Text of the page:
Elementary school arts program braces for funding cuts


ALBUQUERQUE, N.M. (KRQE) – After outrage over Albuquerque middle schools doing away with sports, another program is concerned about how budget cuts will affect local students.

A nonprofit is launching a campaign, asking for people’s help to save arts education.

Despite having a waiting list of classrooms eager to participate in this program, the nonprofit released a video Friday afternoon to announce that without help, it will actually have to cut the number of classes it works with.

“It would be really tragic to see arts programs like this, where kids gain so much, not be funded,” said Deanna Cook.

Her daughter, Maeve, participated in a theater program in school called, Wrinkle Writing.

“I learned how to be a better writer,” Maeve said.

First, elementary school students learn how to write a play.

“We get to make the play. So no one is bossing us around, telling us what to do,” said 11-year-old Marcos Martinez.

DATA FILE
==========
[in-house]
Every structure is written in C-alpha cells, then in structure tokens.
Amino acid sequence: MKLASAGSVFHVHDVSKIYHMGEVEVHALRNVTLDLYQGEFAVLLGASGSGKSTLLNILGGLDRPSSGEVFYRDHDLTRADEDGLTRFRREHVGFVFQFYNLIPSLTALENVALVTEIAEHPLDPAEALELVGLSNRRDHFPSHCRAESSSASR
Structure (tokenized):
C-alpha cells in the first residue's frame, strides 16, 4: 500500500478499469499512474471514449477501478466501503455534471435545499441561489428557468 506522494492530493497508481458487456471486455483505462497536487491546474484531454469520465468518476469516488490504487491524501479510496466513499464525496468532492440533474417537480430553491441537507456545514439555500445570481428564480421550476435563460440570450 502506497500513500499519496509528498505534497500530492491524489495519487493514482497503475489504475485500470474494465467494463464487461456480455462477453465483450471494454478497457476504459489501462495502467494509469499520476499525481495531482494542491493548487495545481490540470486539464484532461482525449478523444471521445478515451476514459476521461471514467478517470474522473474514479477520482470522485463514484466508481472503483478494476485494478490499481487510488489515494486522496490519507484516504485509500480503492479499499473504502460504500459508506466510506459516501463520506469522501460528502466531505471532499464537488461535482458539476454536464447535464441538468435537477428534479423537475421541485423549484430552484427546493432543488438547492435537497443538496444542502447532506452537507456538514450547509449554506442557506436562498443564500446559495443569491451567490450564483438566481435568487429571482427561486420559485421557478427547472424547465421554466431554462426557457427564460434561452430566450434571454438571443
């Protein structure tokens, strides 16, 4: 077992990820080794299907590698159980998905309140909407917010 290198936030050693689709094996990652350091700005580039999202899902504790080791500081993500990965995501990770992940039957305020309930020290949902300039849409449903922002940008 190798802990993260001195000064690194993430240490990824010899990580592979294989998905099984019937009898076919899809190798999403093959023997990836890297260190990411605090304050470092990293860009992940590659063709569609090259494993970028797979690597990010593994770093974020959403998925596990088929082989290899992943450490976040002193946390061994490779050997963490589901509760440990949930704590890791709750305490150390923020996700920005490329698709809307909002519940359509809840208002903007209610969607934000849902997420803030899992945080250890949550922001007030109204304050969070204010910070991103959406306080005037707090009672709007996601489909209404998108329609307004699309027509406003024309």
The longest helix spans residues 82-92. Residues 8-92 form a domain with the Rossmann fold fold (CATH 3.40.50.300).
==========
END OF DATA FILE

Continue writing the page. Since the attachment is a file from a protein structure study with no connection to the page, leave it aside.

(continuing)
Then, the kids are in charge of everything from costumes and props, to the big performance.

“It’s their words, and it’s their story and hundreds of people are cheering and clapping,” said Blackout Theatre Company Artistic Director Jeffrey Anderson. “I had one girl one year come off stage, and she had this look in her eye and she told me, she said, ‘I didn’t know my words could do that.’”

Artists with Blackout Theatre Company spend a year working with students in each class.

“This year we’re working with about 700 students, which is 28 classrooms around [Albuquerque Public Schools],” Anderson said.

He said that there is a waiting list, but instead of adding students, they could cut 200 because of looming county, state and federal funding cuts.

On Friday, they posted a video online launching a fundraising campaign, saying if they can raise $16,000 by May 12, they can avoid leaving behind 200 students.

“People are kind of frustrated about the budget right now and maybe this is an opportunity to put your money where your mouth is,” Cook said.

The artistic director said it costs about $100 per student, most of which goes to pay for the outside artists to work in the schools for the year.

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